Christmas as a Verb
It's been an uncomfortable season for writing Christmas cards.
Is it possible to send out messages of peace and joy, or even write "Merry" and "Christmas" on the same line, when the US appears to be sliding toward war with Iraq, the campaign against Al Qaeda enters its second year, and violent conflicts rage in at least 30 countries around the world?
In the Advent season of 1940, after the Nazis had rolled through Western Europe and were planning a bombing campaign for London, a German pastor and resistance activist wrestled with this very question.
Dietrich Bonhoeffer, who was executed by the Nazis but whose ideas influenced such moral leaders as Vaclav Havel, Nelson Mandela, and Martin Luther King Jr., shared this rather startling conclusion in a holiday circular letter to his seminarians:
"War," he plainly wrote, "gives us in a special way the possibility of a real Christmas."
He went on to explain that when people, including himself, feel insecure and impotent, they are tempted to flee to "customary festive celebrations" - to their "island" of "coziness and loveliness and sweetness." But that, he says, is exactly the moment to launch into the night as the shepherds did on their journey to Bethlehem.
The shepherd story points to an active faith: hearing the message of God's universal love, following and expressing it through their very presence at the manger. This faith is much more than mere hope for a better world. Rather, it indicates confidence in the truth of God's promise, even when it appears as a babe in humble surroundings.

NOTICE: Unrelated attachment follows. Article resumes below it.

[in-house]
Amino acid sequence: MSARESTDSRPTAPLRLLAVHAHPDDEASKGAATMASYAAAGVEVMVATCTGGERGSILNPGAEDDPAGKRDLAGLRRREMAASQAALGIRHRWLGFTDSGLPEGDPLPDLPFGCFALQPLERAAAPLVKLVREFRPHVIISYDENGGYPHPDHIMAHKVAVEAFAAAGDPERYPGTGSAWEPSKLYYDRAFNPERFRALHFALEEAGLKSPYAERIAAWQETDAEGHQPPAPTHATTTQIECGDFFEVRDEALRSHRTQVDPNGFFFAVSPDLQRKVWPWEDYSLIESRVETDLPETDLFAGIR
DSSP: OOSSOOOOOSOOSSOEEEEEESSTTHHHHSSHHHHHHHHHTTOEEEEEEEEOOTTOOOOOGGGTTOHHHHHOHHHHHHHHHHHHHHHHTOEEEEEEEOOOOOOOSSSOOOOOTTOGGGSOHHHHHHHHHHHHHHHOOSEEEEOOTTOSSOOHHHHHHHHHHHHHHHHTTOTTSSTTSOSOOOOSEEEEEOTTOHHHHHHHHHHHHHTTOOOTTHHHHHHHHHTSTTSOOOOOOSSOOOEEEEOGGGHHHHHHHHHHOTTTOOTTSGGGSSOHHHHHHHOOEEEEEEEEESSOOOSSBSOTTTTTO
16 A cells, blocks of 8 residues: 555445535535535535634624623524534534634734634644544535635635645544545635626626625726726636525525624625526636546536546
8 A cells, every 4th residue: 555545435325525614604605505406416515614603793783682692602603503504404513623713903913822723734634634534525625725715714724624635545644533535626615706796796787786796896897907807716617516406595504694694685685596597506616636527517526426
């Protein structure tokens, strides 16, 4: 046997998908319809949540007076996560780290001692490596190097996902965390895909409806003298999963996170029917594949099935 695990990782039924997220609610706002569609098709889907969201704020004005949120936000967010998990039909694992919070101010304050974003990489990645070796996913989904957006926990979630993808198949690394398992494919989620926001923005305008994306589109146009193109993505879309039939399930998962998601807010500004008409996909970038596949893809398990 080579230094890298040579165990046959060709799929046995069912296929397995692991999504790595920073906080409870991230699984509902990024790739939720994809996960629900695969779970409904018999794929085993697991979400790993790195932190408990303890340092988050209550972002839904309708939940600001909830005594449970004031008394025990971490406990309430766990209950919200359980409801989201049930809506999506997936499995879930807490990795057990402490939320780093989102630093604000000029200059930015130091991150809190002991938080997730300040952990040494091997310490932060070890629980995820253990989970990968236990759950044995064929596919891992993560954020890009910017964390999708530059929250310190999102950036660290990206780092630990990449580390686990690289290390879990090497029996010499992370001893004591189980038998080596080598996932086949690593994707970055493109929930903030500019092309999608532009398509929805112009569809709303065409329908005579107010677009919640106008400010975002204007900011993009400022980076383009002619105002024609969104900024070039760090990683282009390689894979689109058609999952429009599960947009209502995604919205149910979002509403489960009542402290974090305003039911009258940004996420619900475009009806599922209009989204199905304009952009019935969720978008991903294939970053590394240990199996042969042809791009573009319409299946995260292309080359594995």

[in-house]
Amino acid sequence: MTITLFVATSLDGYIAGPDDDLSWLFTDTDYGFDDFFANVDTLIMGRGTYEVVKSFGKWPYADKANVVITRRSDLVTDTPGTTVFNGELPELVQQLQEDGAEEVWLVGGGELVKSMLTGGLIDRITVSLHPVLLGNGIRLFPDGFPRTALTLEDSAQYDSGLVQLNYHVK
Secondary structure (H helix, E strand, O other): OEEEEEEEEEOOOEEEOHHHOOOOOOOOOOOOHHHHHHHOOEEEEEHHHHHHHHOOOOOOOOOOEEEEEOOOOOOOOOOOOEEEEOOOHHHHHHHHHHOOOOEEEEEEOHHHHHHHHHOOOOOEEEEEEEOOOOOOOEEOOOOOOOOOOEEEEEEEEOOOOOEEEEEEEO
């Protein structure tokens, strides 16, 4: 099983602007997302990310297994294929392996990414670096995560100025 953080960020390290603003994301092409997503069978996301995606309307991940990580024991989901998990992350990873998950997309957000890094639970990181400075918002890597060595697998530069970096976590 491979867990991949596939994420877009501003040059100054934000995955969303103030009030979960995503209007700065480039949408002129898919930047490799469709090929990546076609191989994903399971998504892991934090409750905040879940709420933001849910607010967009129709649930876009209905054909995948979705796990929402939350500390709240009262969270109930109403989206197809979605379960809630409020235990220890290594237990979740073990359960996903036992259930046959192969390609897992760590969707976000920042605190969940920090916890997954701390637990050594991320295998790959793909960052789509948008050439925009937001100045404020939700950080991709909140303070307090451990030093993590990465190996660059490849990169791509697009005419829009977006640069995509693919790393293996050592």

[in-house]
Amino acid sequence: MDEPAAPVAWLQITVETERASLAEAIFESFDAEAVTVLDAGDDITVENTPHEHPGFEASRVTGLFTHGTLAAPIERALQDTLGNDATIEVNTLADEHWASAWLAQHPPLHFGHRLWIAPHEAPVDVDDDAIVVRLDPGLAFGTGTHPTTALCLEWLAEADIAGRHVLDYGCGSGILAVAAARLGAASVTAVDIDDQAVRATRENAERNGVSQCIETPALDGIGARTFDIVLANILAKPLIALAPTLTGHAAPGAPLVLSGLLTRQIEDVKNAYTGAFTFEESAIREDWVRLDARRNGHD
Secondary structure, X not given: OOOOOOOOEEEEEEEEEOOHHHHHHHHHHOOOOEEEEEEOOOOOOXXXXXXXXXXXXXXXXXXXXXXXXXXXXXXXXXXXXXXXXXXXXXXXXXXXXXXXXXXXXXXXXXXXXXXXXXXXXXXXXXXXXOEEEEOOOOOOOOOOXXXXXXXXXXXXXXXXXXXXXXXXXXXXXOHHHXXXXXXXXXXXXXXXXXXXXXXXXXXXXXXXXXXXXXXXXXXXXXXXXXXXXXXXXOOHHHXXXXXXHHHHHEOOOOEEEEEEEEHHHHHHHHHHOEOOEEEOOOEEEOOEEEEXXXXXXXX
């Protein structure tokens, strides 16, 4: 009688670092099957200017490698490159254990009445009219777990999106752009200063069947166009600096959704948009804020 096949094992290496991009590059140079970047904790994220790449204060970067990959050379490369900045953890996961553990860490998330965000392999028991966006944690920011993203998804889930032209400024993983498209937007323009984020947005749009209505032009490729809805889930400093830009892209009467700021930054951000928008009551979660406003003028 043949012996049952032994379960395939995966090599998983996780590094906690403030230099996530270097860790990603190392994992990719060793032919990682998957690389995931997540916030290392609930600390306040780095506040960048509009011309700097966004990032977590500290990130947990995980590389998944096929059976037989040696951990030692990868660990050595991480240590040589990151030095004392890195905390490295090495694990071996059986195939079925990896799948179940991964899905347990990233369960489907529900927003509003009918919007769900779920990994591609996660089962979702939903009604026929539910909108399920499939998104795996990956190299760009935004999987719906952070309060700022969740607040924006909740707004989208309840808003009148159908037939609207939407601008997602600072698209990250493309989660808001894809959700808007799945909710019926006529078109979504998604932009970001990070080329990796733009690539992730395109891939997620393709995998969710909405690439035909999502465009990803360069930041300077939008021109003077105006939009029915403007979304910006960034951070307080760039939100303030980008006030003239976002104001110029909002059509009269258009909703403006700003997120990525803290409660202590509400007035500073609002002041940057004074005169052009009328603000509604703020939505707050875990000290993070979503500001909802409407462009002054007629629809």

Jesus' life work would bear out this promise of God's supreme power and goodness. From his birth under a king who ordered the wholesale slaughter of children, to leaving a legacy which eventually brought down imperial Rome, his story offers substantive reassurance that humanity is not helpless in the face of terror or despotism.
Of course, what people do with the Christmas message, with this promise of omnipotent love, is what concerned Pastor Bonhoeffer. The fanaticism of terrorists citing Islam discredits religion, but so, too, as Bonhoeffer points out, does a comfortable, armchair faith.
This Christmas can serve as an opportunity for people of all faiths to go into the night of adversity, and recognize, as the shepherds did, the divine light that outshines darkness. Then, as they live the message of love, their holiday greetings of peace and joy will not seem out of place, but be a meaningful act of affirmation.